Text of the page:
Developing a resonating theme in your fictional story may seem like trying to capture fog in a jar, but if you understand the definition of theme, you can begin to spot it growing in your story, as well as consciously apply it while writing.
First, what is theme? You will likely get a slightly different explanation depending on the writing resource, but what it boils down to is this: Theme is a controlling idea in your story that can be summed up in a single phrase; it’s the takeaway message that you want the reader to think about after they finish your book. Now that we know what theme is, let’s talk about what it isn’t. Theme is not the subject of your story (which might be romance or horror or coming-of-age), or what happens (which is the plot).
Think of your story as a tree. The elements that make up your story, including characters, scenes, and dialogue, are the roots, branches, and leaves of your tree. Theme is the trunk—it runs through all of the fiction elements and holds them together as one cohesive idea.
Here are some examples of themes from modern novels:
- The Fault in Our Stars: without pain, we cannot not know true joy.
- The Harry Potter series: goodness will always triumph over evil.
- Eleanor & Park: The following quote from author Rainbow Rowell sums up the theme perfectly, “It’s a painful waste of time trying to be the sort of beautiful that everyone can agree on.”
While these statements might seem overly simplistic, they still capture a key takeaway message from their respective novels.
Now, let’s switch gears and put on our writing hats. The theme or message is what resonates when a reader finishes the last page of a book, but as writers, we have to make sure it weaves throughout story, touching all parts of the narrative, and this begins long before you’ve written your last word.
One of the great writing debates is if theme shows up organically, or if it should be consciously added. This is like the chicken or the egg dilemma …do you write with a theme in mind, or does the theme emerge as you write? I personally think that both are occurring simultaneously. Subconsciously, your story represents something you care about, something you feel you need to say. Most of the time, you don’t have a real understanding of why or what it truly is when you start out, but a theme is there, driving you to create characters and scenes that represent your theme. So, in its most rudimentary form, theme is already a seedling in your story. All you have to do is write and allow the mystery and magic of storytelling to influence the choices your characters make, their goals, their desires, and motivations that cause the plot to twist and turn.
Talented as our subconscious minds are, they only take us so far, and this is where the real work begins. As you finish your first draft and begin revisions, you’ll have to become a theme detective. You might as well hum, “Getting to know you, getting to know all about you…” As you read through your first draft, you’re going to begin to see clues to your theme. It might be a brief glimpse, but as a writer/detective, you’ll have your magnifying glass ready to hone in on that one thread. If you can’t find it, that’s okay…just keep going. Keep thinking about your story elements and revising. Ask yourself why this story is so important to you, why the characters matter. Look for any symbols or metaphors that you’ve repeated. If the overall novel seems too daunting, then look at a few chapters. What’s happening that jumps out at you?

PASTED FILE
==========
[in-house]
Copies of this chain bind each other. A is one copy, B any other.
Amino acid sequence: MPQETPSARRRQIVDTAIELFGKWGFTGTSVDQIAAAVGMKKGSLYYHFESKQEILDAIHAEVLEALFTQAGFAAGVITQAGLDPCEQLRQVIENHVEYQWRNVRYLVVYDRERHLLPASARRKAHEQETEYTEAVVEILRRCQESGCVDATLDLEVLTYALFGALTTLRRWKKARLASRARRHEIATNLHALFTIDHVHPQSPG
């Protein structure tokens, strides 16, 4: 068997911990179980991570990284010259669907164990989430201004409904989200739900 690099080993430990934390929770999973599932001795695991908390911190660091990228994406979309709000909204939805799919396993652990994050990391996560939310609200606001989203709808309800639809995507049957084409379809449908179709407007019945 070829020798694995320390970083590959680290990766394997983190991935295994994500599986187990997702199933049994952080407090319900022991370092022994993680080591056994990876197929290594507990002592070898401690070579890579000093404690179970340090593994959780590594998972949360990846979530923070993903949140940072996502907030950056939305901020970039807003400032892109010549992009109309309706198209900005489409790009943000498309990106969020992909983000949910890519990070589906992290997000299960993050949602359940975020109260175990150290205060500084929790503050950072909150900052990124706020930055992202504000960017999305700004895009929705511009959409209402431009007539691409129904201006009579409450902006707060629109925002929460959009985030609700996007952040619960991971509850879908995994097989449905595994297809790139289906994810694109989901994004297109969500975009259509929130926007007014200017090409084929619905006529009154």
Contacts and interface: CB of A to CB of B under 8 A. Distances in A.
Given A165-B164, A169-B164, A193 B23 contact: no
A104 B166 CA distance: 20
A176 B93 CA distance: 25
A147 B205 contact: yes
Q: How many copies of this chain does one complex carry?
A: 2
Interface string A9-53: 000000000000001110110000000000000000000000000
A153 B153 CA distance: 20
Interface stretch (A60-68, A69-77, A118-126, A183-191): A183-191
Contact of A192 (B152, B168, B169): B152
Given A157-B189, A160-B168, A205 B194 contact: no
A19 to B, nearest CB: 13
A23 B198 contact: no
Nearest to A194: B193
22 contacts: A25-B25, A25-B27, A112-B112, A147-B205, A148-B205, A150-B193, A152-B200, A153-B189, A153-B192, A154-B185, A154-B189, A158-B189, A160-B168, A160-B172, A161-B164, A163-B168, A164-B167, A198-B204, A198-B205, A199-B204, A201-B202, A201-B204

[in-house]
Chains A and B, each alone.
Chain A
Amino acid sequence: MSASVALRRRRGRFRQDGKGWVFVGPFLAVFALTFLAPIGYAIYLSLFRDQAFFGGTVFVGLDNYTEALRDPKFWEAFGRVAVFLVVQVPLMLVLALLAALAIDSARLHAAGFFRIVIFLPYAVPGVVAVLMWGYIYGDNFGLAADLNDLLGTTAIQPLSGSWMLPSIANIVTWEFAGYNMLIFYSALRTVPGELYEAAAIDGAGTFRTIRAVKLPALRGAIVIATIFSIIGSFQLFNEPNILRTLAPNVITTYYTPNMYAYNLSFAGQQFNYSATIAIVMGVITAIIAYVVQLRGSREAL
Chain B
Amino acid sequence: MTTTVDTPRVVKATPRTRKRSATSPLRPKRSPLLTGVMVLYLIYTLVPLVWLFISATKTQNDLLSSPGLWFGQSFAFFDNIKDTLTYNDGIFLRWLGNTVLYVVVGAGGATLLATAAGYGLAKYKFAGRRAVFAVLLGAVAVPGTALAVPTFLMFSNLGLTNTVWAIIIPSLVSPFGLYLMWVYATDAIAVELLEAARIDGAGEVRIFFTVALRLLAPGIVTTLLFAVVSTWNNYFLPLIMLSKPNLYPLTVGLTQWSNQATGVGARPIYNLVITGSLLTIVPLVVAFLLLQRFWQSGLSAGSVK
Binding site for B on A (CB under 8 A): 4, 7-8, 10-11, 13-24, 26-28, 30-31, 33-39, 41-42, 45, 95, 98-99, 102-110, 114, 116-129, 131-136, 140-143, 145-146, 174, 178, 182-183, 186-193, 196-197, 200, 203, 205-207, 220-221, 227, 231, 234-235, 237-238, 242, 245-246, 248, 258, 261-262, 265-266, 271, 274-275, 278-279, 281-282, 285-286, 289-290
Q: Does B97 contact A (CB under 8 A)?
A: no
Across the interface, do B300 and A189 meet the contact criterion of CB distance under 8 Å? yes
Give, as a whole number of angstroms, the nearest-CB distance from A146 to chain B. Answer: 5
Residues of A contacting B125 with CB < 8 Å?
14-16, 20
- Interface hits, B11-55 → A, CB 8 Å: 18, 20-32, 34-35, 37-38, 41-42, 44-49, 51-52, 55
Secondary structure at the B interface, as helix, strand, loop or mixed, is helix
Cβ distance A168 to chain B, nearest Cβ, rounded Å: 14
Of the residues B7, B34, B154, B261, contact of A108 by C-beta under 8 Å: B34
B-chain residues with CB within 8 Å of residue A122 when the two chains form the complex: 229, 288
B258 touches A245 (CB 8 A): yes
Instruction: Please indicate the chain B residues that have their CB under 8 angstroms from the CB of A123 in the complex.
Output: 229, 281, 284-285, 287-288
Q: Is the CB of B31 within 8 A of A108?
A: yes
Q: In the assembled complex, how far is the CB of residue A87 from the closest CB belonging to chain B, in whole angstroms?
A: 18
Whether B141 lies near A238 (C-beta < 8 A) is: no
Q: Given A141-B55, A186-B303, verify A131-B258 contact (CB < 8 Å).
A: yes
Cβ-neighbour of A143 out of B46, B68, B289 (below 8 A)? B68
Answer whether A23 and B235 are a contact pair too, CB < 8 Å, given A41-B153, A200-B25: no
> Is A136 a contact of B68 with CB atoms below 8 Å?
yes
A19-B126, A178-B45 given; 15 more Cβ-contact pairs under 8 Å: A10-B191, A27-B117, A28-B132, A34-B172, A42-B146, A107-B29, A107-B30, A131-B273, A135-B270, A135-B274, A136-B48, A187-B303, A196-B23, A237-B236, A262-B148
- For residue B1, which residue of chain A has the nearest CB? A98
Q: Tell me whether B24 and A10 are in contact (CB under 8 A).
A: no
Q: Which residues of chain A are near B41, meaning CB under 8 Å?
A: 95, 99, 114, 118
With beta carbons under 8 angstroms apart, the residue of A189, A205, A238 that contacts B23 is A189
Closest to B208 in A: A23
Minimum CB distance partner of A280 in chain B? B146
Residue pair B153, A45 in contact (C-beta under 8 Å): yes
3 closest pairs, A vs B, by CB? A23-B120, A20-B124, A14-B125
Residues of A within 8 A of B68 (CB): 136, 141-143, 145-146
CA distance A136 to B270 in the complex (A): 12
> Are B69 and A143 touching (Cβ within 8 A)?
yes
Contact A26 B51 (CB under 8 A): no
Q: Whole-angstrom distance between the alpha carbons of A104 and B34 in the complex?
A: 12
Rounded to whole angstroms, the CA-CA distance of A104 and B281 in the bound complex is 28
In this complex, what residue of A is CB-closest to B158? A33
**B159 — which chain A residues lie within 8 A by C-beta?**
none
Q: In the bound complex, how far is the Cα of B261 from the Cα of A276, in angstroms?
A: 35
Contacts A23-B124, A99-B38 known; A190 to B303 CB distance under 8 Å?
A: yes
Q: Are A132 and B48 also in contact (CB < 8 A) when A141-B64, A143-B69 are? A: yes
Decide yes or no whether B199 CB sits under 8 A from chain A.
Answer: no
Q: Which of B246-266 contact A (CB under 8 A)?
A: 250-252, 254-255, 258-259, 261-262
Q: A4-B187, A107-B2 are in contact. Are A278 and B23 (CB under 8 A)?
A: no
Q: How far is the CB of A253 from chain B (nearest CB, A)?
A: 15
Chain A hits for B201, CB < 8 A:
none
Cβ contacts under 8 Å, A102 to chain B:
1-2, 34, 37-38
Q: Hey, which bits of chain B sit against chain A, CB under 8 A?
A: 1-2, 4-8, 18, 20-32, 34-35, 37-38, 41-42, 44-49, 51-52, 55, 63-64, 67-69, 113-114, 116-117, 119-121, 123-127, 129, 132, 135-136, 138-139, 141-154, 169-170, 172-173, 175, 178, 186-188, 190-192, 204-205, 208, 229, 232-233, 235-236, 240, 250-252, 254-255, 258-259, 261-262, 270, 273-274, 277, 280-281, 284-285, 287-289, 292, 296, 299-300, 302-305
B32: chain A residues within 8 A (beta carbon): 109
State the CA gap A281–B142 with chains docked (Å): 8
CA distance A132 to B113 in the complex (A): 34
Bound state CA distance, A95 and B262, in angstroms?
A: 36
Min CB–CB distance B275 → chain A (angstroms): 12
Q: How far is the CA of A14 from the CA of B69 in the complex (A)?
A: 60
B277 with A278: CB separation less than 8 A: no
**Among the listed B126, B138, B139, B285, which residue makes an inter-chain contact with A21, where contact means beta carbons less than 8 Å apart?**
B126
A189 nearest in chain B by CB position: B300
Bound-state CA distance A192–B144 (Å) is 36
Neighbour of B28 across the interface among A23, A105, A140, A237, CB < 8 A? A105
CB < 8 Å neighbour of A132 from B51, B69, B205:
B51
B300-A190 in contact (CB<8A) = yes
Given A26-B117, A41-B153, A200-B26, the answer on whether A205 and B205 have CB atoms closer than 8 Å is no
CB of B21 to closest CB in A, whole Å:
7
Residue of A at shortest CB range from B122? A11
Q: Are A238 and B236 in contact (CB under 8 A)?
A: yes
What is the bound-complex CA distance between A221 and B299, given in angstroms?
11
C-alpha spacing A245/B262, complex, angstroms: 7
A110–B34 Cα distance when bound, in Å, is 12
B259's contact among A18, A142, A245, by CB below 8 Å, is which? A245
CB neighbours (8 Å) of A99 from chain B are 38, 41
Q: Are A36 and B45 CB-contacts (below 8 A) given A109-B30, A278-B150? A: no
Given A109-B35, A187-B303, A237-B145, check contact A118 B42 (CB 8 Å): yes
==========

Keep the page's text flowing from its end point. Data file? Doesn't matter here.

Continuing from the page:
Once you find a possible clue to your theme, write it down in its most basic form. One sentence or even one word. Put it somewhere that you can see it as you revise. Keep looking back at that word or statement as you work through the story. I’ve found that there are often false alarms…what I truly think is the theme often isn’t it, so I keep digging. You’re likely on the right track, you just find a more specific message. Once you’ve figured it out, dig deeper, explore ways to reveal the theme. Add in dialogue and scenes that delicately reinforce what you want the reader to think about. No need for strobe lights and glitter…theme is best used in a subtle fashion.
If you’re still stumped, or you like to learn by example, then look to a published novel for guidance. Choose a favorite book that you’ve read more than once and write down the message that you received upon finishing the book—a key phrase that resonated with you. Then, under that heading, pick out a handful of scenes and moments that reinforce this theme. As you create a list, you’ll begin to notice how the theme is the tree trunk holding all the other elements together. If you want to jump on the express train, find a site that has literature study guides, such as www.sparknotes.com. Most guides include a section on theme.
Being a writer means having something to say to the world, and this message is most often represented by the theme of your story. Writing theme into fiction can be difficult and time-consuming, but as you hunt down what it is you truly want to say, you’re representing the reason why we write in the first place, which is to show what it means to be human.
What is your definition of theme? What novels do you often refer to when developing theme in your own work?
I had the best experience at the New Jersey annual program outside Princeton this past weekend. It was quite a bit bigger than our intimate retreat in the Poconos, but just as friendly. Back to the subject. In one of my critiques, a faculty member suggested that I change my caterpillar story in a major way. But I protested that would change the theme of the story, the very reason I wrote it, and I am passionate about it. Her response was, “It’s your story, write it your way.”
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